But renters, don’t go breathing a sigh of relief quite yet.

While the pace of year-over-year rent increases appears to be slowing — last month marked the first period of single-digit annual rent growth in 13 months, as well as the first slide in median asking rents since last November — tenants are still struggling under higher-than-usual housing costs.

The median rent growth for 0-2 bedroom units over the 50 metropolitan areas examined by slowed to 9.8% year over year, but rents still grew three times as fast as before the pandemic.

Rents fell slightly — by 0.1% — in August from July for the first time since November 2020, a separate report from real-estate research company CoStar Group found.


The power of wage increases earned during the tight labor market has also been diminished by the worst inflation rate in decades. Meanwhile, credit-card balances are increasing and the personal savings rate is declining.


Renters earning a typical household income were putting 26.4% of their money toward housing in August, compared with the 25.7% they spent last year,’s report said. That means they’re marching closer to the edge of a common affordability standard: spending no more than 30% of one’s monthly income on rent.

“Our analysis underscores the very real rental affordability challenges that many Americans face today. Rents are significantly higher than in previous years and are taking up a substantial portion of incomes, which are growing at a slower pace than inflation,” Chief Economist Danielle Hale said in a statement.

A handful of cities were well past accommodating the 30% rule, too. Of the country’s top 50 metros, 9 had a rent share higher than 30% relative to the typical household income in August, said. In the most extreme case, tenant households with a typical household income in Miami could expect to put 46.5% from their monthly income toward a typical rental, with median prices at $2,626.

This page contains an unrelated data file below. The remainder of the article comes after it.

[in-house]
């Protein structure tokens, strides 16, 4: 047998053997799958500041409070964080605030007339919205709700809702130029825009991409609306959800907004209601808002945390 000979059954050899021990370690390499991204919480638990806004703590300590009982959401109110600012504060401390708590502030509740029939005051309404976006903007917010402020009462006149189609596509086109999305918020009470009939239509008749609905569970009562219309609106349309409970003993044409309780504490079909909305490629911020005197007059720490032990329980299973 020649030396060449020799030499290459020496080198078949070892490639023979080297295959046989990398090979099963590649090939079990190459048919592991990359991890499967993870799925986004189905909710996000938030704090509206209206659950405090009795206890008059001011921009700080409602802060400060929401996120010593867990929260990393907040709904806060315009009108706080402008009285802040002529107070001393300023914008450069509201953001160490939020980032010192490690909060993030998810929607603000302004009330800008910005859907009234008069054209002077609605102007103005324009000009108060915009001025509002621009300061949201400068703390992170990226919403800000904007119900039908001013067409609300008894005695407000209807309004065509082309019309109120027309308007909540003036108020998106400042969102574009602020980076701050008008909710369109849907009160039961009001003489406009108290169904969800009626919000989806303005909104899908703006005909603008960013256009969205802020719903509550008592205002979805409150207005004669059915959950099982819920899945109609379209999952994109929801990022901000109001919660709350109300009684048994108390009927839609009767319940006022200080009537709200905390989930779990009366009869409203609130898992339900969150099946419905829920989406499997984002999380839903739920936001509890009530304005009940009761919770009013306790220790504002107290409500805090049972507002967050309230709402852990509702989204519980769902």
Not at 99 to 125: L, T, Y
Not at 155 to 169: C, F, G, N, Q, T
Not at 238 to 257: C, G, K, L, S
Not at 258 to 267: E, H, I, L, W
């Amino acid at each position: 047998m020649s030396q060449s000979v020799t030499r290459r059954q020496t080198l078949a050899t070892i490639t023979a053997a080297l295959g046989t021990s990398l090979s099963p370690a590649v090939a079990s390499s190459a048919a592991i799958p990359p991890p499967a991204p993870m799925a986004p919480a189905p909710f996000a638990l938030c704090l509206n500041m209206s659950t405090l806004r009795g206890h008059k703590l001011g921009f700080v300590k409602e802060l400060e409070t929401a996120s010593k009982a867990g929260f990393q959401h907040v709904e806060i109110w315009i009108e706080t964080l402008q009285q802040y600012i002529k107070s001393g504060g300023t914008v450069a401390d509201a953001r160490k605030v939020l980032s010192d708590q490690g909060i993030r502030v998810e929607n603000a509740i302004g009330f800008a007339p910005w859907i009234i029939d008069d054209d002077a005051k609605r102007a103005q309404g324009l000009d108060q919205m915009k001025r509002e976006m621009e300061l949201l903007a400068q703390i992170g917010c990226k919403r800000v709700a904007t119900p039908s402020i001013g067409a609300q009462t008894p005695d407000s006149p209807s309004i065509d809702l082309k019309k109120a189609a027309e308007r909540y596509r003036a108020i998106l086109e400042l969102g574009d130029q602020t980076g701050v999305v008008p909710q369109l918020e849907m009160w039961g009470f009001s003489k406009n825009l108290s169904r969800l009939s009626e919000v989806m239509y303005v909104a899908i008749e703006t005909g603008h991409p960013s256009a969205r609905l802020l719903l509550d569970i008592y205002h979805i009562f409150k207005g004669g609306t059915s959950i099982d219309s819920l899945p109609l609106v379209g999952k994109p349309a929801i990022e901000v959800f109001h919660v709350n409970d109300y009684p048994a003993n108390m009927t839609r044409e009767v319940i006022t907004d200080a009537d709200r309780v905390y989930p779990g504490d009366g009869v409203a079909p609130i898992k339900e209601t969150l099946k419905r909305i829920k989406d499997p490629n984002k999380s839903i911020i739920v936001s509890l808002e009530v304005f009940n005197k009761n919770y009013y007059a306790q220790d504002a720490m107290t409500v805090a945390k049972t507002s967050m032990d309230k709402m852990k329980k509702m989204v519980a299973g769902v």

While median one-bedroom rental prices have predictably skyrocketed in some of the country’s most expensive cities year-over-year, hitting $3,930 in New York City and $3,040 in San Francisco this month, tenants in smaller cities like Fresno and Tulsa have also faced big increases of about 40%, according to separate research by Zumper, an apartment-rental website.

(Zumper’s data also shows rents in New York City, which boasts the highest prices in the country, vary by borough. The median rent for a two-bedroom in Brooklyn has jumped to $4,506, a staggering 61% year-over-year increase, while two-bedrooms in Manhattan are up 33%, hitting $5,283 in August.)

“Still, there are some bright spots for renters as of late,” Hale said in a statement. “Based on the general rule of thumb that you should keep housing costs to under 30% of your paycheck, renters were able to follow best practice in the majority of large metros in August.”

“Plus, as rent growth continued to cool, national rents didn’t hit a new record-high for the first time in nine months,” she added. “If these trends and typical seasonal cooling persist, renters may be better able to keep housing costs to a relatively manageable portion of their budgets in the months ahead.”




Price Declines Expected in 39% of U.S. metros in 2023, mostly in the Western region, according to Goldman Sachs

We are expecting price declines in 39% of U.S. metros in 2023, mostly in the West region

Bell Gardens, California Inacted Rent Control on Apartment Buildings

On Monday night, Bell Gardens became the latest city to take action. Its city council unanimously voted to advance a rent control plan that limits annual increases to no more than 4%.

Pomona’s city council also recently capped annual rent increases at 4%.

The Bell Gardens proposal still needs a final vote of approval. Once the plan is finalized, tenant advocates say Bell Gardens will become the first city in Southeast L.A. to enact rent control.

“[Bell Gardens] is essentially a tenant, low-income community, heavily Latino,” said Martha Pineda, an organizer with California Latinas for Reproductive Justice, one of the groups that advocated for rent control in the city.

According to the U.S. Census Bureau, 96% of Bell Gardens residents identify as Latino. More than one-quarter are experiencing poverty. To cover rent, “most folks will say that they've already talked about cutting down food costs, they've already talked about medicine costs,” Pineda said.

In the past, she said, “rent hikes have essentially displaced a community that's lived [in Bell Gardens] for decades.”